The musician known publicly as simply ‘S’ has endured various obstacles over the last five years to bring this first full-length album by his musical vessel Qrixkuor to life by all accounts. Line-up changes have occurred, music has been re-written and re-arranged, and the current line up spans continents. At the time I was finishing this review, even the release date had changed. I can imagine it’s been a thoroughly gruelling experience to bring Poison Palinopsia to fruition, which seems fitting because it’s a truly gruelling listen.
It’s no particular secret that S has a degree in musical composition, with a focus towards soundtrack work, but Poison Palinopsia really does reflect that background with a blinding clarity. Two lengthy compositions of approximately twenty-four minutes each, the orchestral sections that appear are not samples, as is often the case. These were written and arranged by S as part of these pieces and were performed by actual musicians.
When this ensemble opens the album’s first piece, Serpentine Susurrus – Mother’s Abomination, with a blood-freezing sonic panorama of hell, it’s not simply some mood setting intro; you could imagine the entirety of these two tracks being performed on this instrumentation, rather than guitars and drums. Compositionally, Poison Palinopsia has more in common on paper with Penderecki, or parts of Christopher Young’s Hellraiser soundtracks, in terms of its atmospheric power and being an ever-evolving series of movements. But it’s as if that train of compositional thought had been applied to the Hadean tonal palette world of Realm of Chaos era Bolt Thrower.
As complex and expansive as it is, this isn’t some ultra-abstract modern classical piece. It’s still VERY much a death metal album, and one that doesn’t sacrifice the guttural power of the genre for overly intellectual pursuits. It applies that soundtrack/modern classical approach to the compositions and fuses it to downtuned, hellish riffing and blasting drums. In the early 90s, any Trey Azagthoth or David Vincent interview you read, circa Blessed Are The Sick, would invariably see them waffling on about how they were at the cutting edge in terms of elevating and sophisticating the genre; Qrixkuor here have made a damn fine effort in doing so for the current occult death metal generation, lifting it out of mere brutality and pantomime horror theatrics, into a convincingly unnerving piece of work. Unlike a lot of current death metal, it actually sounds frightening, like being trapped in a nightmare you can’t wake from.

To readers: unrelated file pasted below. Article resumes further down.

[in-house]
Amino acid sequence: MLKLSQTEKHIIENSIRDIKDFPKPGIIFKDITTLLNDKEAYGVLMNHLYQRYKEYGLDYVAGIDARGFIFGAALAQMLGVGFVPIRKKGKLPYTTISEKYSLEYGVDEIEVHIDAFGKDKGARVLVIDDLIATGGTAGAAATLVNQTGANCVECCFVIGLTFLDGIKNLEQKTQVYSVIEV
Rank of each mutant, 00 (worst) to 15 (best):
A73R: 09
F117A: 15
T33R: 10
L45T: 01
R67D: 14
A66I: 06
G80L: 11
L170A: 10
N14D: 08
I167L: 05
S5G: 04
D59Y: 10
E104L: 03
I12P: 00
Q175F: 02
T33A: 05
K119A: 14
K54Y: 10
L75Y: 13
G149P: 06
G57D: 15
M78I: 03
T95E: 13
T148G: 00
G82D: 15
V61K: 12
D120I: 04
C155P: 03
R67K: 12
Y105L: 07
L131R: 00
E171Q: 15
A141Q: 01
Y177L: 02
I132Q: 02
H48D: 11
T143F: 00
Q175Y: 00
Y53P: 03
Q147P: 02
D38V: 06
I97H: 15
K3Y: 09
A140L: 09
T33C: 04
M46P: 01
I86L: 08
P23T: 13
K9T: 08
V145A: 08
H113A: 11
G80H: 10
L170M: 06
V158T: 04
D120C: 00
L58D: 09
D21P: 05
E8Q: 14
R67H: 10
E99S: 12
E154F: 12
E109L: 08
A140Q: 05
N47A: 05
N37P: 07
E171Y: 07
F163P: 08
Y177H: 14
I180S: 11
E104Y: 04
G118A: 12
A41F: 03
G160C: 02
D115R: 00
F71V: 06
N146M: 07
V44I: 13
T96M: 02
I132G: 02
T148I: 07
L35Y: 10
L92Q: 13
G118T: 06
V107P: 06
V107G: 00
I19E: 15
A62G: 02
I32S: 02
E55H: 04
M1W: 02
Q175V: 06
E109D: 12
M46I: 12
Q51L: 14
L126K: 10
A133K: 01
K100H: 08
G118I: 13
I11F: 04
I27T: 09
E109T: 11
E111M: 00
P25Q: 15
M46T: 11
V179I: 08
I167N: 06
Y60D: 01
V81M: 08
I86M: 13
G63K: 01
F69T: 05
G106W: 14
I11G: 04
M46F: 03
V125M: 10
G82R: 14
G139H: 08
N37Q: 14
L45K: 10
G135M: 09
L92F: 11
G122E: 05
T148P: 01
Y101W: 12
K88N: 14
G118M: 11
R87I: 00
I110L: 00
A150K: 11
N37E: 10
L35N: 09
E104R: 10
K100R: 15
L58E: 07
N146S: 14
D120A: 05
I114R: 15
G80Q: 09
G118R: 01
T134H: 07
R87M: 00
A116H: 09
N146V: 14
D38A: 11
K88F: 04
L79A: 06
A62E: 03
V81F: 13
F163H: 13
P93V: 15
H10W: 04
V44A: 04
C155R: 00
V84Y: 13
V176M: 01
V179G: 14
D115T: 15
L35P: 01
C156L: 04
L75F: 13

The first ten or so minutes of second track Recrudescent Malevolence – Mother’s Illumination is the record’s pitch-black heart. There’s a particular intensity to this section, featuring (but not limited to) some of the slowest and doomiest passages of the album. Qrixkuor excel at all speeds, but their slower moments are spectacularly sinister and that’s never been more evident than here. There’s a sequence early on where feedback, a churning background riff and competing snaking guitar lines compete, it’s particularly eerie, piling on the layers in a way that evokes a growing sense of terror. It’s like watching the sky darken above you and the apocalypse actually beginning.
It applies that soundtrack/modern classical approach to the compositions and fuses it to downtuned, hellish riffing and blasting drums…
It is at times a little impenetrable, no doubt by design. To say ‘There’s a lot going on’ would be an understatement and the nature of the music is in the constant metamorphosis from one riff, or section, to the next, as soon as you feel like you’ve locked into a particular section, it moves on and the ground is pulled from under you. That’s the nature of the game however. If you’ve ever experienced a hypnogogic jerk at the edge of sleep, imagine that for forty-eight minutes, where instead of waking up instantly, the feeling of falling is continuous. It all comes back to the world of sleep with Qrixkuor, their music being an experience that often comes close to capturing the terrifying experience of sleep paralysis and the countering of entities in that state which has famously inspired it. The blast section is rife with a sense of panic, the vocals are a harrowing voice uttering the unutterable directly into the cavity of your chest, rather than your ears.
Close your eyes at any time during this album and the vivid mental pictures it creates can range from fireballs shooting over an abyssal plane straight towards you or being submerged in some sort of oily black swamp and gasping for air; all different, all dark. Poison Palinopsia is a developed and impressive evocation through music of a genuinely dark and fantastical world, as much as it is a pile of riffs to enjoy, and indeed this is the aspect in which that aforementioned soundtrack training really succeeds in a way that most other albums, in this style, lately don’t.
While the hallucinatory artwork and thematic grandiosity are as complementary to the whole effect as the music, you could be handed this thing in a plain black sleeve and it would still transport you away through your headphones and directly across the Styx. It’s a wild proposition, perhaps, but one wonders if S and Qrixkuor might take the bigger leap into the abyss and attempt a piece of this scale at some point in the future solely using classical instrumentation, unchained from the metal band set up. The mind boggles at how that might possibly sound.
This is not a casual listen. Death metal, of course, should never be, it should be an escape to another darker world, but Poison Pallinopsia is not otherworldly, it’s underworldly.
Scribed by: Jamie Grimes